I want to be able to code my rails apps either on my Desktop mac or my Powerbook using textmate. I want to build a Debian server that runs lighttpd, rails and mysql. Would I use samba on the server and access the files that way through TextMate or is there something else that folks use? and should I use subversion and if so, how would I do that in the scanario I'm describing. Basically I'm not wanting any web servers, db servers etc on the powerbook or desktop just a copy of textmate and then access the source on the server. Any help or tips appreciated. Rob
on 2006-04-08 08:54
on 2006-04-08 10:04
Wrong approach. I don't like to be so dismissive, but really, for Rails, it is. Develop locally, with a lightweight db (MySQL is plenty), and use the tiny built-in webserver that comes with Rails whether it's WEBrick or the minimal lighttpd that comes with some all-in-one installers. Work with local files checked out of Subversion or other version control. It's much, much, much easier than working with remote files and a remote development webserver. Rails was designed for this from the ground up. 1. Start developing locally on your laptop. No remote files or servers at all. 2. Set up a Subversion repository. 3. Import your code into it. 4. Check it back out into a new directory. Make this your new working directory. 5. Check it out on your desktop, too. 6. Develop on either machine. As long as you upload your changes and pull them down when you switch machines, you're always working on your latest code and never have to worry about Samba outages, network glitches, etc. Subversion gets you version control, a revision history, the ability to look at your changes, roll things back, and develop on your laptop even without a net connection. You can work anywhere and sync up your changes when you choose and unlike the last 12 years of freely-available web development environments, in Rails it's easier to do this than it is to work with the proverbial Samba file share or (S)FTP directory. Since you'd be working with local copies on both development machines, your work won't be disrupted by intermittent server or net outages that can make working with a remote file share pretty awful. Working directly on unversioned files on a file server is so 1995. The only thing worse would be working remotely on unversioned files that are simultaneously being served live by the public webserver. Once you've used decent version control that integrates with your IDE or editor, you won't ever want to develop with folders of unversioned files again. A couple of days of developing with a free trial hosted subversion repository sold me on it, and I installed it on my server. Besides, when your app gets to the point where you want to deploy it to a public server, Capistrano makes civilized deployment directly from version control *easier* than dragging a folder to an SFTP window. With a half-hour of configuration and tweaking, I got Capistrano deploying my app, updating the db schema, setting permissions and restarting FCGI and Apache with one command. I'd put a Subversion repository on a 24/7 remote server, whether it's your theoretical dedicated Debian box (which is probably overkill and too much admin work until your app's traffic justifies it), or shared hosting or preferably a VPS account, which gets you the flexibility and feel of a dedicated box without a lot of the hassle and expense. Some hosting plans include preconfigured Subversion repositories nowadays, and there are also dedicated hosted Subversion services which make it super easy.. though if you're comfortable with installing and configuring Apache with extra modules, you won't find setting up Subversion yourself against Apache difficult and then you don't have significant limits on the number of projects you host or the size of your repository. P.S., if you're already running Apache 2.0.x for the sake of Subversion, you can also install FCGI on it and you won't really need to bother with lighttpd at all unless you're curious. Apache+FCGI performs fine. N.B. Apache 2.1 and 2.2 are currently more difficult to get FCGI working on in many cases. Robert Z. wrote: > I want to be able to code my rails apps either on my Desktop mac or > my Powerbook using textmate. > > I want to build a Debian server that runs lighttpd, rails and mysql. > > Would I use samba on the server and access the files that way through > TextMate or is there something else that folks use? and should I > use subversion and if so, how would I do that in the scanario I'm > describing. > > Basically I'm not wanting any web servers, db servers etc on the > powerbook or desktop just a copy of textmate and then access the > source on the server. > > Any help or tips appreciated. > > Rob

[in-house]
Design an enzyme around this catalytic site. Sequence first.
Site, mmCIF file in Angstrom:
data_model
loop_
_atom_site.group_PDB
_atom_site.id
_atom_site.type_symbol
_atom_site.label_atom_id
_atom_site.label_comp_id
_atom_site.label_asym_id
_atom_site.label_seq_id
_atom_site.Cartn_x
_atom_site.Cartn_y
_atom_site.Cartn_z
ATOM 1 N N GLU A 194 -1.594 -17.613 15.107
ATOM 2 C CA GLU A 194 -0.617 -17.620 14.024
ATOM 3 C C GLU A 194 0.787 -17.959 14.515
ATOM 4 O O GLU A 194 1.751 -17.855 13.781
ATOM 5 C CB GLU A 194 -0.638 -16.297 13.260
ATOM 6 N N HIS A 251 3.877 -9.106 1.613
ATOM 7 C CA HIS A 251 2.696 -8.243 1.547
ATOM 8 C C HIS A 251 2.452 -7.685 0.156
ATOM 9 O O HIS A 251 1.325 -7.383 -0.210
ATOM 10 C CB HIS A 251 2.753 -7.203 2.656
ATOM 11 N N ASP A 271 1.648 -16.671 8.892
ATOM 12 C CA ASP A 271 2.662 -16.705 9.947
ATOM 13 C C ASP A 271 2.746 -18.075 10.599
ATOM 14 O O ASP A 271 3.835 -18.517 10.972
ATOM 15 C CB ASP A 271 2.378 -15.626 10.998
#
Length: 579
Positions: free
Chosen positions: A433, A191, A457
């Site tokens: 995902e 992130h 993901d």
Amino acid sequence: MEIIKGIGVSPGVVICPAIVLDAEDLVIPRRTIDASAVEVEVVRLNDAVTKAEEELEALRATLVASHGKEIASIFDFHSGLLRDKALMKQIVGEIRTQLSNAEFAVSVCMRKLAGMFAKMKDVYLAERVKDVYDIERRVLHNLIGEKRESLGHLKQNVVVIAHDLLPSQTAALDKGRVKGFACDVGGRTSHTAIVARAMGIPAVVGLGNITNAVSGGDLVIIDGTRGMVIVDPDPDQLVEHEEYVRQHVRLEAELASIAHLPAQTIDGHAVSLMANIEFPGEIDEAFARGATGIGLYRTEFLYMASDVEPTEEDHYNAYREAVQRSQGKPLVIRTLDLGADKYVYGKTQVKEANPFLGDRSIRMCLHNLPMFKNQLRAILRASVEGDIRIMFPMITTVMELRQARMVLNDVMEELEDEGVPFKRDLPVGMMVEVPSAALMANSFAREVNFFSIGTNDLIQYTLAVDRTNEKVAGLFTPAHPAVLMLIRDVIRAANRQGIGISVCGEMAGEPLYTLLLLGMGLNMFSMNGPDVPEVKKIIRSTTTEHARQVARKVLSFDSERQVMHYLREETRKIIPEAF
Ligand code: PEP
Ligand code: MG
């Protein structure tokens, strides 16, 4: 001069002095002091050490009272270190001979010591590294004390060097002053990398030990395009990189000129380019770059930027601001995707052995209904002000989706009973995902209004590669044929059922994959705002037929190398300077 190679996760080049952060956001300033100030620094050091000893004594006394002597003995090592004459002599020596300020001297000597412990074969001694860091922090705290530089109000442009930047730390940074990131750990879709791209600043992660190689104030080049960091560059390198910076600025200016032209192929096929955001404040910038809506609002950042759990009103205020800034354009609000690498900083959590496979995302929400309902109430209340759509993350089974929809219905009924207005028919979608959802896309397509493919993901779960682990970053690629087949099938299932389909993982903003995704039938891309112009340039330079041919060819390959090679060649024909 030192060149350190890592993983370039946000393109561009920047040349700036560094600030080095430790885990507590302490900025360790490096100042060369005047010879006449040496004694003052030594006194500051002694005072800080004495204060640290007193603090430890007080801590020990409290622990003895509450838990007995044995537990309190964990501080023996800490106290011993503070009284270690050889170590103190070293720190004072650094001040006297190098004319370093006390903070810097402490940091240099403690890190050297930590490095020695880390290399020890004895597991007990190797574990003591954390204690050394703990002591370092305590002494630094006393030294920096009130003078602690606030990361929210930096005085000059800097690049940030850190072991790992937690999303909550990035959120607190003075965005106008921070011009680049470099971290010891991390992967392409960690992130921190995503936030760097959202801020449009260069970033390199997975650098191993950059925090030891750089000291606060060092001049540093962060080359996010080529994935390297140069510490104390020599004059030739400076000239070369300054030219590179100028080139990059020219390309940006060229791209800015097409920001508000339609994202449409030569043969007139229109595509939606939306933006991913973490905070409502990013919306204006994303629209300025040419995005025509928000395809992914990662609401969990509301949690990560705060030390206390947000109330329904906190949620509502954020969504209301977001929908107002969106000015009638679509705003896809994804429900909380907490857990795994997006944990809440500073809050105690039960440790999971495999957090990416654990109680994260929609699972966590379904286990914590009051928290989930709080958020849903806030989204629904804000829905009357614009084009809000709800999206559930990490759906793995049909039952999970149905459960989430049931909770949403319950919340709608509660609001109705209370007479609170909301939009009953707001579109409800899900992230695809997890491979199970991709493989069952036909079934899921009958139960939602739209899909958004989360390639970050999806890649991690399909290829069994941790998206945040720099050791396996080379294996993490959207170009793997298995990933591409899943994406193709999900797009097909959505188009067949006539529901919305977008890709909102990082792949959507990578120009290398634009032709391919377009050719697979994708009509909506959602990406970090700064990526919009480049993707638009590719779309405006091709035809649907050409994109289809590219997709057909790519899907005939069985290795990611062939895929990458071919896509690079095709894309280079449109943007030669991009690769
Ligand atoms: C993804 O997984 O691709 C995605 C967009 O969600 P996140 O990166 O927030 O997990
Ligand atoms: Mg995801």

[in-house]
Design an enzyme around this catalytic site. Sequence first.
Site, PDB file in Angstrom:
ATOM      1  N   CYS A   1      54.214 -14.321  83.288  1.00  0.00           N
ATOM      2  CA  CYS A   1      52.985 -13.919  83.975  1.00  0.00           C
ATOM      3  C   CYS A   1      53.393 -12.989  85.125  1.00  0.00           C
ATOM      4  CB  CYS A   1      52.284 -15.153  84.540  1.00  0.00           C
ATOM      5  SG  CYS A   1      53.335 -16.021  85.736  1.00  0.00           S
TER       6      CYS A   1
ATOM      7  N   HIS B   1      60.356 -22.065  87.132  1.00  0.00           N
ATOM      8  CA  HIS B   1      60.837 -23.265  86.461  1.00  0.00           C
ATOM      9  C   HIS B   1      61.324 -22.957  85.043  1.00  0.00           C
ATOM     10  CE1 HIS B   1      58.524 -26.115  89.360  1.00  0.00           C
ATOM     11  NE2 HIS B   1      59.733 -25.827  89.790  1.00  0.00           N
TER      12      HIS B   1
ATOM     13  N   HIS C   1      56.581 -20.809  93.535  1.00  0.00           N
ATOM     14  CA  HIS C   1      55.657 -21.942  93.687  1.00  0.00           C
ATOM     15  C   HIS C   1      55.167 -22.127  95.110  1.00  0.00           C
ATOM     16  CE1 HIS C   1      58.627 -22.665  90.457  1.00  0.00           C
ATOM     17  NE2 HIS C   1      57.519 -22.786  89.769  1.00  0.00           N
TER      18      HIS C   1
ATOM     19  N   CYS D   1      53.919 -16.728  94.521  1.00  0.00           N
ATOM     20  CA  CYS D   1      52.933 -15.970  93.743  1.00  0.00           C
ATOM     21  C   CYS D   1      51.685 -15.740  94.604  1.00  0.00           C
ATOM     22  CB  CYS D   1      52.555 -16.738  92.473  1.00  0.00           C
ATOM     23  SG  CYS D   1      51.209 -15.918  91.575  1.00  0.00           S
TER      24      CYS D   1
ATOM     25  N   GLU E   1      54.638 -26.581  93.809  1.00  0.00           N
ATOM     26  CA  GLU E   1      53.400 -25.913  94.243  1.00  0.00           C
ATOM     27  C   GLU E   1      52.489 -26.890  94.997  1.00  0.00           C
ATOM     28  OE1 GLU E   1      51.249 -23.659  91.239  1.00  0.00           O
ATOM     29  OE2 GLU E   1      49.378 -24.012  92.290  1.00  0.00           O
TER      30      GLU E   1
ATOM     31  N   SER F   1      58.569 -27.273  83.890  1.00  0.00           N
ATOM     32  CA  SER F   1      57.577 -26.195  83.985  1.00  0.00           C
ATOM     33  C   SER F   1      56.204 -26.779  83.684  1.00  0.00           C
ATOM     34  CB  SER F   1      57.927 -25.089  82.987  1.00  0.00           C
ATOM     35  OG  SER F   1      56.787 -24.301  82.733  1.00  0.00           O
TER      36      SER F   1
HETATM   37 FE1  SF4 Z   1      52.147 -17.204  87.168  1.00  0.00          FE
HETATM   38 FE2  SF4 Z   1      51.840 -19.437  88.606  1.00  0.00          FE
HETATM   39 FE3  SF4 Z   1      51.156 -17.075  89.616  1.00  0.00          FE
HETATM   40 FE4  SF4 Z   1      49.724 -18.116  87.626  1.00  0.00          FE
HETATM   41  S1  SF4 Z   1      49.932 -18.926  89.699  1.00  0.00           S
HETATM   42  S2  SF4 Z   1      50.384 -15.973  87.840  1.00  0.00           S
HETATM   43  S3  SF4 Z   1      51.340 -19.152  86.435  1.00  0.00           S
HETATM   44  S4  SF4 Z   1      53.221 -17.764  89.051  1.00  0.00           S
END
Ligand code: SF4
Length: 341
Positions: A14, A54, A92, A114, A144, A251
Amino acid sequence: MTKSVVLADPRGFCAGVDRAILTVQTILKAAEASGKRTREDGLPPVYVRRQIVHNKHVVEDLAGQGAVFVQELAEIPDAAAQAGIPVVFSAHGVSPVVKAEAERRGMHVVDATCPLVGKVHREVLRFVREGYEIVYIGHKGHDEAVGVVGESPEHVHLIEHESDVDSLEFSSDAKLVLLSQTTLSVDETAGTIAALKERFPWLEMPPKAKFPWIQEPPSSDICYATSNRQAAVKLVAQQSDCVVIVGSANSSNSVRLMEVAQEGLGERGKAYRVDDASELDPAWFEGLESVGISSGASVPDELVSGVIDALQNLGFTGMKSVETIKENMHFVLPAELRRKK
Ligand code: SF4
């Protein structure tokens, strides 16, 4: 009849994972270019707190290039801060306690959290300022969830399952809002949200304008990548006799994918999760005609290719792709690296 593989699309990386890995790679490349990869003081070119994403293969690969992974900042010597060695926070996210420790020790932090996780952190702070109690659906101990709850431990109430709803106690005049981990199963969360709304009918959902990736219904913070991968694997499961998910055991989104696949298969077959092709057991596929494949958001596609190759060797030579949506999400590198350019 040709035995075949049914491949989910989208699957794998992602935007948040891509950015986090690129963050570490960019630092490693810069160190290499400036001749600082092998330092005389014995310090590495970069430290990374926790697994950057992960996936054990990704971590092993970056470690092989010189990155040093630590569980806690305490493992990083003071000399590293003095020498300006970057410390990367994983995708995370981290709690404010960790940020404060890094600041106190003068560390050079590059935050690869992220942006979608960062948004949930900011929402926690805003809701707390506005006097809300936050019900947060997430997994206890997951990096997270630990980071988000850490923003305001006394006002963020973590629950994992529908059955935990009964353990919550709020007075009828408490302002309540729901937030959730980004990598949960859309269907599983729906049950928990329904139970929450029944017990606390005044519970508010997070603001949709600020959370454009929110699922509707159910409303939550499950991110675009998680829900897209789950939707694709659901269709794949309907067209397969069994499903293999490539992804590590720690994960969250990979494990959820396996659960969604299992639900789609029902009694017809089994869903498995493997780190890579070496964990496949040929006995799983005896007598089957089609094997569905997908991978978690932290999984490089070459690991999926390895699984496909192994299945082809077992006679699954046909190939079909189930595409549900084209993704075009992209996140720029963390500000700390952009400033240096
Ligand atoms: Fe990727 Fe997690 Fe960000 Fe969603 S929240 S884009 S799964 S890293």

on 2006-04-08 10:07
On Apr 7, 2006, at 9:53 PM, Robert Z. wrote: > Basically I'm not wanting any web servers, db servers etc on the > powerbook or desktop just a copy of textmate and then access the > source on the server. This is *really* not the way to go, IMHO. User version control. Create a local development environment. Nothing is better than writing some Rails code on your PowerBook with no WiFi access. -- -- Tom M.
on 2006-04-08 10:31
thanks. Good tips. I'll give this a try.
on 2006-04-08 10:50
Hello Robert, 2006/4/8, Robert Z. <firstname.lastname@example.org>: > thanks. Good tips. I'll give this a try. To put your application under version control, I would suggest reading the primer I wrote: http://blog.teksol.info/articles/2006/03/09/subver... Bye !